The material used for the lower dielectric layer 31 is not particularly limited, and any appropriate material may be selected from the dielectric materials. Exemplary materials include silicon nitride such as Si3N4, silicon oxide such as SiO2, a mixture of zinc sulfide and silicon oxide, so-called LaSiON materials containing La, Si, O, and N, so-called SiAlON materials containing Si, Al, O, and N, SiAlON materials containing Yttrium, and NdSiON.

The thickness of the lower dielectric layer 31 is not particularly limited, and the lower dielectric layer 31 is generally formed to an appropriate thickness in the range of about 50 to about 300 nm to thereby prevent the deformation of the substrate 2.

The lower dielectric layer 31 is preferably formed by vapor deposition such as sputtering or evaporation.

Mask Layer 41

The mask layer 41 comprises a mask material which is capable of forming optical apertures. Exemplary mask materials which may be used in the present invention include nonlinear optical materials such as those described in JP-A 96926/1990 and mask materials described in JP-A 169094/1995. Other materials are also applicable as long as they are capable of forming optical apertures. In the present invention, the term “optical aperture” designates a region which has an increased transparency for the incident light, and such increased transparency may be the one realized through alteration in optical properties of the mask material such as transparency, reflectance, and refractive index, or alteration in configuration or volume.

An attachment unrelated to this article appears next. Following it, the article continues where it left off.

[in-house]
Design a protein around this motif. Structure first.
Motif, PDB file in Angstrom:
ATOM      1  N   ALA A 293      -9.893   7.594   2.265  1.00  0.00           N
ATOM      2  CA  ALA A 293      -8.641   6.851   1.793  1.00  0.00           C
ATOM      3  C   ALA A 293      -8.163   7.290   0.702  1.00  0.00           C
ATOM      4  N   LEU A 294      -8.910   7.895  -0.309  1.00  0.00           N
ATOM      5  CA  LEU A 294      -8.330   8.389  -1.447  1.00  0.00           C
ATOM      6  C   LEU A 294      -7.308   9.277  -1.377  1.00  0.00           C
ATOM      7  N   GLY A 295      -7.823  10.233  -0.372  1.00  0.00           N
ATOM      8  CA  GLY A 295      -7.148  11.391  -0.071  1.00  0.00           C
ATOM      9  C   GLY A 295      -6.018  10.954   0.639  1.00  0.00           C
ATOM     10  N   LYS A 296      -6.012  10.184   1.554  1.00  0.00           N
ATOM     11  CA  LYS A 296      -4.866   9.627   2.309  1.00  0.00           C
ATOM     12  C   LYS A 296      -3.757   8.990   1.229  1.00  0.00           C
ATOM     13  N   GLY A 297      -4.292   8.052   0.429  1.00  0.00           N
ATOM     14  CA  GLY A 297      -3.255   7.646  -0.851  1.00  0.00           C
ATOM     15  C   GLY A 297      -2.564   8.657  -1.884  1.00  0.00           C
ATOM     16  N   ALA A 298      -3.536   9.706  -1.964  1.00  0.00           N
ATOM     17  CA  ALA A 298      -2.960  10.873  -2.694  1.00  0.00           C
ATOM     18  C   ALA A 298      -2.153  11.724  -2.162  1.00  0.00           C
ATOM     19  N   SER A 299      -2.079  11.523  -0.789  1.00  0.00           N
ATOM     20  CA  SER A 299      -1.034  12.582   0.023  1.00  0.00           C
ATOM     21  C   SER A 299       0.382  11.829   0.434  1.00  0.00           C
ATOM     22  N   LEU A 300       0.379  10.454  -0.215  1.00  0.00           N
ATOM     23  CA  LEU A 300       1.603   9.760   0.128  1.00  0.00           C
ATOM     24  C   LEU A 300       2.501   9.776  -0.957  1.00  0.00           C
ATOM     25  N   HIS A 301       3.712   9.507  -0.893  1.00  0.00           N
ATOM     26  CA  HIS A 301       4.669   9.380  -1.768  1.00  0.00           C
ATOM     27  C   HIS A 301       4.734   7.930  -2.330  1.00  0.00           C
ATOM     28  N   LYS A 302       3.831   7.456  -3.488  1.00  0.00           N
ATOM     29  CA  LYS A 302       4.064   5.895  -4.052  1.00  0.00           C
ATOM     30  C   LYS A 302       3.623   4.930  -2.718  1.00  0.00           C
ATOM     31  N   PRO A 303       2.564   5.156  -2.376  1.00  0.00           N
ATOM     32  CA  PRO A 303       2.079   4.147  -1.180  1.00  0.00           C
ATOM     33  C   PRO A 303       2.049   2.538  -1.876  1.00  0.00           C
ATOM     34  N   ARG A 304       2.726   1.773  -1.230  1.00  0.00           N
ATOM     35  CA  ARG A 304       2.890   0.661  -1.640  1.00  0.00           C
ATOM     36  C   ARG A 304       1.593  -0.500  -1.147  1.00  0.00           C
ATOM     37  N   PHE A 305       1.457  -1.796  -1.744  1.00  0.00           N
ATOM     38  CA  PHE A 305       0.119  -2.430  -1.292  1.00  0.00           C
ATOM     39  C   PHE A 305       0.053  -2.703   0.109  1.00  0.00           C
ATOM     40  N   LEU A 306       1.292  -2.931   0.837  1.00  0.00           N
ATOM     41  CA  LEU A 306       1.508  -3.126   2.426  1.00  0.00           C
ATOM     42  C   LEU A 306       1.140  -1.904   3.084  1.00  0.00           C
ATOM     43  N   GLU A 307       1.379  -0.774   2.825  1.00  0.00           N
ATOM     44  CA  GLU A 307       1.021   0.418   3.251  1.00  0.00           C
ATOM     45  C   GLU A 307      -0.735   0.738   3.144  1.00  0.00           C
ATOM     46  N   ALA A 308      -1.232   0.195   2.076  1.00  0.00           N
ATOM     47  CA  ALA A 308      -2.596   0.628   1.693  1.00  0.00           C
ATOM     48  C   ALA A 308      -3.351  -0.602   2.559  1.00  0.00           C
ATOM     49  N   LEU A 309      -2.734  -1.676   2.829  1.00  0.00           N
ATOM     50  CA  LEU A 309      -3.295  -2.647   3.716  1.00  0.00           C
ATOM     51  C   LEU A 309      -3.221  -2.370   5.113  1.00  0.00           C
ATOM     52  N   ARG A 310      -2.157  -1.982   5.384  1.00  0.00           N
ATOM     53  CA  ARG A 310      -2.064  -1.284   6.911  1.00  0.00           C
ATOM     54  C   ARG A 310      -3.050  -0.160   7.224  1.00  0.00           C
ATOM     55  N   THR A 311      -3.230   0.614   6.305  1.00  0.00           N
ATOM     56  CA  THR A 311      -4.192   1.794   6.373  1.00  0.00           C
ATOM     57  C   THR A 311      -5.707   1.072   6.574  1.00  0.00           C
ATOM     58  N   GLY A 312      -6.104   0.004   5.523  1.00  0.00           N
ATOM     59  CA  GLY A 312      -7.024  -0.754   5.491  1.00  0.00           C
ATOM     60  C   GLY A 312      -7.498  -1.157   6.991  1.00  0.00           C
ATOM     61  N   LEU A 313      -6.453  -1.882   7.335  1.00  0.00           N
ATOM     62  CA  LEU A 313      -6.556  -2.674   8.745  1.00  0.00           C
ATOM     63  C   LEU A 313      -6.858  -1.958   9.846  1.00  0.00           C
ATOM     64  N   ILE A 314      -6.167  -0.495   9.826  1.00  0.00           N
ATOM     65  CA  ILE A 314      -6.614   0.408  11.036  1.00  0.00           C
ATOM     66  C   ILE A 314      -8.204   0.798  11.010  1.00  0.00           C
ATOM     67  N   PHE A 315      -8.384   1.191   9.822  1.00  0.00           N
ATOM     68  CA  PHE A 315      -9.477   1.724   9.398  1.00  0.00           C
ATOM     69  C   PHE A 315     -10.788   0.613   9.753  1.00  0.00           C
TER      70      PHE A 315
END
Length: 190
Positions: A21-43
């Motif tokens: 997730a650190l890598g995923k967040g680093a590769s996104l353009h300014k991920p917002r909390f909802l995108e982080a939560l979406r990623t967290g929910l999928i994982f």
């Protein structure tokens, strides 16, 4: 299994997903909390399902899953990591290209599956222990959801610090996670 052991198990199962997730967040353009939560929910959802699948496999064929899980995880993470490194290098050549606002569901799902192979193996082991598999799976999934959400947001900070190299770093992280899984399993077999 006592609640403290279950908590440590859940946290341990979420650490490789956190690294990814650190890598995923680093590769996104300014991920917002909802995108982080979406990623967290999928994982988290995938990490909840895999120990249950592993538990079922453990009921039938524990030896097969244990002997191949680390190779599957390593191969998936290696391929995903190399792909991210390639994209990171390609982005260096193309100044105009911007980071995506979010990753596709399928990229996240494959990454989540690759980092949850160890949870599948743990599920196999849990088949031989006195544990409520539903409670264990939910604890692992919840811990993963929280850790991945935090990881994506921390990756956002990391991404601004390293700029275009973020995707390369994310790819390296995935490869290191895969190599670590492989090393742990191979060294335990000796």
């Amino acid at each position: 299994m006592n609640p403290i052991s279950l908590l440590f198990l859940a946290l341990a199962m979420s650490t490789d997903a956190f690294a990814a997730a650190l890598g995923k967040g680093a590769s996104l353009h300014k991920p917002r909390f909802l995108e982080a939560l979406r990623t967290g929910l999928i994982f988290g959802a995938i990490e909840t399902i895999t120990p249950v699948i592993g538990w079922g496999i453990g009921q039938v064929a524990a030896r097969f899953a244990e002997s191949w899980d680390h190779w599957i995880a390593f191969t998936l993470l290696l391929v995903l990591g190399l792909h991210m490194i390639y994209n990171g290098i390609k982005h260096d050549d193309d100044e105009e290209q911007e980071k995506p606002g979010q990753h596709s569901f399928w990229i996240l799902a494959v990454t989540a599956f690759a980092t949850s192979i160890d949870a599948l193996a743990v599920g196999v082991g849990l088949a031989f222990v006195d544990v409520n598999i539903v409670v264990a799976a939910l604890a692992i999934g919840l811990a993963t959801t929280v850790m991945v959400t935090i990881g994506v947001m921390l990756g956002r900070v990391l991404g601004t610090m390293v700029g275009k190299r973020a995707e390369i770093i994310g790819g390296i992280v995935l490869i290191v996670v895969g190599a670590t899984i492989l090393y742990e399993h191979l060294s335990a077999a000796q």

The present invention is particularly effective when formation of optical apertures in the mask layer 41 is associated with severe thermal influence on the recording layer 42. Therefore, the present invention is particularly effective when the mask material employed is a material which is heated to a relatively high temperature in t he formation of the optical aperture, for example, a material which melts in the reading.

Exemplary mask materials which are preferably used in the present invention include a metal or an alloy which includes at least one element selected from Sb, Ge, Ga, Te, Sn, In, Se, Si, Ag, and Zn as its main component. More preferably, the mask material is a metal or an alloy containing at least Sb, and most preferably, the mask material is Sb.

The mask layer 41 is preferably formed to a thickness of 10 to 25 nm. When the mask layer 41 is too thin, function of the mask layer will be insufficient since transparency of the region other than the optical aperture will be excessively high. In contrast, when the mask layer 41 is too thick, a high power is required for the formation of the optical aperture and durability against repeated reading operations will be reduced.

The method used for forming the mask layer 41 is not particularly limited, and any adequate method may be selected from sputtering, evaporation, and the like.